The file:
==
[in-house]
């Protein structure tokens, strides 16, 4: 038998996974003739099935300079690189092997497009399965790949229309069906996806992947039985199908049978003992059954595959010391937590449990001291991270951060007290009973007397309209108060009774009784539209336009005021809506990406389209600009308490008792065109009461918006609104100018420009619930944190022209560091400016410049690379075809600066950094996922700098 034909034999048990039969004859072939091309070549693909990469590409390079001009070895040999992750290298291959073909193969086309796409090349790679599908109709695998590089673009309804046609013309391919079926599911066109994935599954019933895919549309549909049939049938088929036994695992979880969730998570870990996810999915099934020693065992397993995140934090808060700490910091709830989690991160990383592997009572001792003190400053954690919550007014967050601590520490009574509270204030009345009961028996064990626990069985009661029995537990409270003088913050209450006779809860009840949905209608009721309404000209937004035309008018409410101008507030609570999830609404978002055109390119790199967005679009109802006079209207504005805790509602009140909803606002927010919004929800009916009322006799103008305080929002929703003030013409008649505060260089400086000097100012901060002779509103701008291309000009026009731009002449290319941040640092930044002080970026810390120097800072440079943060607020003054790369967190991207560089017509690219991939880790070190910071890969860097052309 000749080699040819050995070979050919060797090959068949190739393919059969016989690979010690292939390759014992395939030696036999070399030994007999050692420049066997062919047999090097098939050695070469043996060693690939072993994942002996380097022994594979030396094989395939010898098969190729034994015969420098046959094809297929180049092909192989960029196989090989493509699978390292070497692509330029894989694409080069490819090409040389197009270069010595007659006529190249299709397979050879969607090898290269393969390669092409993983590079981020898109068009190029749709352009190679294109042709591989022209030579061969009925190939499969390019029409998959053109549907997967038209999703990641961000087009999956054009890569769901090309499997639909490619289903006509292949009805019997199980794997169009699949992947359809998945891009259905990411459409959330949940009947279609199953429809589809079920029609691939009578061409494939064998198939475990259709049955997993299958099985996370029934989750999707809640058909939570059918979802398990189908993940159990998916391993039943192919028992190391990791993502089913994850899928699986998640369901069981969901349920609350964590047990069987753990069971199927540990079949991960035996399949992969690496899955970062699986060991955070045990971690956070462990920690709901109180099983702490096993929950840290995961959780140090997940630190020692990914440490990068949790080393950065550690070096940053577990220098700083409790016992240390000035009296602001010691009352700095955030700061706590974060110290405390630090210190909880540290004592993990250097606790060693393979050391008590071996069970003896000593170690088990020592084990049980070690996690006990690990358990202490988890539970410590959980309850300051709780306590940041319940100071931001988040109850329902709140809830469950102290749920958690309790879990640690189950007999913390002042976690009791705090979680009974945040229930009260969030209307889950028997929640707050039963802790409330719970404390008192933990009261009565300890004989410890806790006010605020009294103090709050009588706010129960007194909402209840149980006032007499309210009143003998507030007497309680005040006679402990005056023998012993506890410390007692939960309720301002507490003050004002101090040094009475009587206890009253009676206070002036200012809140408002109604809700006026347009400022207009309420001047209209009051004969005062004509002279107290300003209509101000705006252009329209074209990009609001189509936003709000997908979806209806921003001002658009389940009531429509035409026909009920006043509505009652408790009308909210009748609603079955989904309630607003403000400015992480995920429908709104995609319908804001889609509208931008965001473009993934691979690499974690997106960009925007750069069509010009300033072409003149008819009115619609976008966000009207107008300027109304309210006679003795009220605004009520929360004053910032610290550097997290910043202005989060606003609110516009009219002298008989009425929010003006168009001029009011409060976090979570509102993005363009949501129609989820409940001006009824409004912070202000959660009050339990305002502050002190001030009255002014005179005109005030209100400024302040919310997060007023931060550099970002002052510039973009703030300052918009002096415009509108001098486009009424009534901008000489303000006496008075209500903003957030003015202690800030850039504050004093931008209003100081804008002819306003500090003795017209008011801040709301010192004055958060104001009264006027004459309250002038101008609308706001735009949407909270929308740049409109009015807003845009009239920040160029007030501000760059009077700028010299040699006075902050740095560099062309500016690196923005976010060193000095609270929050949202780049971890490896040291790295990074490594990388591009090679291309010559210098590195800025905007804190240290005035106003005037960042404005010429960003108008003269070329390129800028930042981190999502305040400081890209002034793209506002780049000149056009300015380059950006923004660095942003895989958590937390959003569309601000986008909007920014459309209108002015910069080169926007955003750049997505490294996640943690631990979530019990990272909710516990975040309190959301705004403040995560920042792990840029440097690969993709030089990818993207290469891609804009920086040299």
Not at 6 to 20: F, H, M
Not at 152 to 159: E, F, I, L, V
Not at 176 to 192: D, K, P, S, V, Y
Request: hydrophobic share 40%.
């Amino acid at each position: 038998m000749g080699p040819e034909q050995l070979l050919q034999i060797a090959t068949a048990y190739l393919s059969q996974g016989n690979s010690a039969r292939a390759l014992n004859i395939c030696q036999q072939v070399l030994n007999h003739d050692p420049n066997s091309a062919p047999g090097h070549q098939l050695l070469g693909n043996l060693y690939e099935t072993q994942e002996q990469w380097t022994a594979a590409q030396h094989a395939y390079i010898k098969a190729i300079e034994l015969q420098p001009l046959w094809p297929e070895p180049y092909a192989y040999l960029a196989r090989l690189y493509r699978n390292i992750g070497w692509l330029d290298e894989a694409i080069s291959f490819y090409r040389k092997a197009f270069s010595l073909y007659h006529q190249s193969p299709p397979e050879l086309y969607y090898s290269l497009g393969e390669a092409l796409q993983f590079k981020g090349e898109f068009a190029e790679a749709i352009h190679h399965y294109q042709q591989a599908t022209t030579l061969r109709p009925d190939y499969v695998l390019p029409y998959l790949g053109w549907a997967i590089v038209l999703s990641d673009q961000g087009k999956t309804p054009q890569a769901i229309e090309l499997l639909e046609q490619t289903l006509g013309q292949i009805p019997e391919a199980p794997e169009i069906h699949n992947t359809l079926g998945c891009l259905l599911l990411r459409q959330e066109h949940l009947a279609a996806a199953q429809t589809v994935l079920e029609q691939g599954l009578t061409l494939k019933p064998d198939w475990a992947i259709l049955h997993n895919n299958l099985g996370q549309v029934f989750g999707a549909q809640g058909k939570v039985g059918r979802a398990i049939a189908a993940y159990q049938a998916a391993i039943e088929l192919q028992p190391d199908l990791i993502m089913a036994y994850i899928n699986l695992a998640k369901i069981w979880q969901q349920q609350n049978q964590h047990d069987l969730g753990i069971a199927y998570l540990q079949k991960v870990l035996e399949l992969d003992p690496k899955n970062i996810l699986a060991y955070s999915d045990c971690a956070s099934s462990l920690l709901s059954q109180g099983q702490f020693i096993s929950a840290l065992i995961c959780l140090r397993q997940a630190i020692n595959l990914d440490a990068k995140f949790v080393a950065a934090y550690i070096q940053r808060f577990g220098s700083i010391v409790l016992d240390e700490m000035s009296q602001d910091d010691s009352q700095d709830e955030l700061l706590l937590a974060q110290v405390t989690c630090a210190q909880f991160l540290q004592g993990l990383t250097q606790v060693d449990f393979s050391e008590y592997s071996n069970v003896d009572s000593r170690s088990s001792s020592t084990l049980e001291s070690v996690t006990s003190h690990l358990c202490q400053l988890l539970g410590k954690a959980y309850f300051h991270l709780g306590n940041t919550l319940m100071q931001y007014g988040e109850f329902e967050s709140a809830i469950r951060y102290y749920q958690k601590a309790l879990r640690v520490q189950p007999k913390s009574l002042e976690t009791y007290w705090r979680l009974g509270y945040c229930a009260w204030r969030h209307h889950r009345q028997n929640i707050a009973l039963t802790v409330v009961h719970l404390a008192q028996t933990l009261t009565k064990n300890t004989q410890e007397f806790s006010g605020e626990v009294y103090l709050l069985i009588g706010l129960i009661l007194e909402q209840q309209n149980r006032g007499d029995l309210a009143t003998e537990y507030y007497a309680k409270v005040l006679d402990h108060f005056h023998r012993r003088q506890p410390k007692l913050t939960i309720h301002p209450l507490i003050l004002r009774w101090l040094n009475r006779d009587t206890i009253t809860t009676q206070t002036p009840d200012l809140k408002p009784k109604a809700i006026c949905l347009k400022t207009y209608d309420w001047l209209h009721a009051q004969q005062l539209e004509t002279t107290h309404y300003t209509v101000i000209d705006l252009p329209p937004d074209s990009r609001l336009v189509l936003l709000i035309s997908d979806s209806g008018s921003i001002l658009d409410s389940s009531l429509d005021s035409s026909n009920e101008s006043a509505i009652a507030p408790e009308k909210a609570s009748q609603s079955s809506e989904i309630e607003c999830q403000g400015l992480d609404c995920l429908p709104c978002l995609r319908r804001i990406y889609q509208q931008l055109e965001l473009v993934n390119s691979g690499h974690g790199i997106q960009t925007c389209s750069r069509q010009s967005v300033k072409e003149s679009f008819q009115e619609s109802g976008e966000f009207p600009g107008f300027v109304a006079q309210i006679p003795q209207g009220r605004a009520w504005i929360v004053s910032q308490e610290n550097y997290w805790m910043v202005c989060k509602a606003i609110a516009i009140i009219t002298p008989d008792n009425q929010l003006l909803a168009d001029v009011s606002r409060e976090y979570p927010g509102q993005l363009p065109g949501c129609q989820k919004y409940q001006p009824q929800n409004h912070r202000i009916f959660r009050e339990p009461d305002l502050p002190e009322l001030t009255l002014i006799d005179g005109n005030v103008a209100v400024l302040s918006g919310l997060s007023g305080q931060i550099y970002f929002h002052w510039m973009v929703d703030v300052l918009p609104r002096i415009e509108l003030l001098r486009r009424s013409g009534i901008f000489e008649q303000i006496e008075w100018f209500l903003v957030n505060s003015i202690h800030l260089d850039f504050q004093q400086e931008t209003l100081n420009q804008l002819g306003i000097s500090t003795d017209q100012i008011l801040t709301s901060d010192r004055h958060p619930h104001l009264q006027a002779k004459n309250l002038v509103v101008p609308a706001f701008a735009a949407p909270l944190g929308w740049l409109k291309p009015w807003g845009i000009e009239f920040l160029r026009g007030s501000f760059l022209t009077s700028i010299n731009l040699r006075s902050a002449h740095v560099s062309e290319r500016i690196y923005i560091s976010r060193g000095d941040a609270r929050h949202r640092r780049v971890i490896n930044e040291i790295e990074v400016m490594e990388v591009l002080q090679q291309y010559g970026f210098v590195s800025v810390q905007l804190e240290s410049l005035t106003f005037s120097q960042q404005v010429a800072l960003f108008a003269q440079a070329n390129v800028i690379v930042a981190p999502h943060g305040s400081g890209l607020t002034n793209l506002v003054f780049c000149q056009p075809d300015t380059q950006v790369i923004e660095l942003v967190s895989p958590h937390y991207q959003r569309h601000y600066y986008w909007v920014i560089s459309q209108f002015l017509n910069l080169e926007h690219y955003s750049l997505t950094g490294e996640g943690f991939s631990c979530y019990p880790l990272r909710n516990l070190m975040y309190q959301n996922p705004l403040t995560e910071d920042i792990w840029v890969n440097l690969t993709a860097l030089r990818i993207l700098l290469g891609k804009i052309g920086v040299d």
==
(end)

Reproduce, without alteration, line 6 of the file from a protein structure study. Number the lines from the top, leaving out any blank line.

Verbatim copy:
Request: hydrophobic share 40%.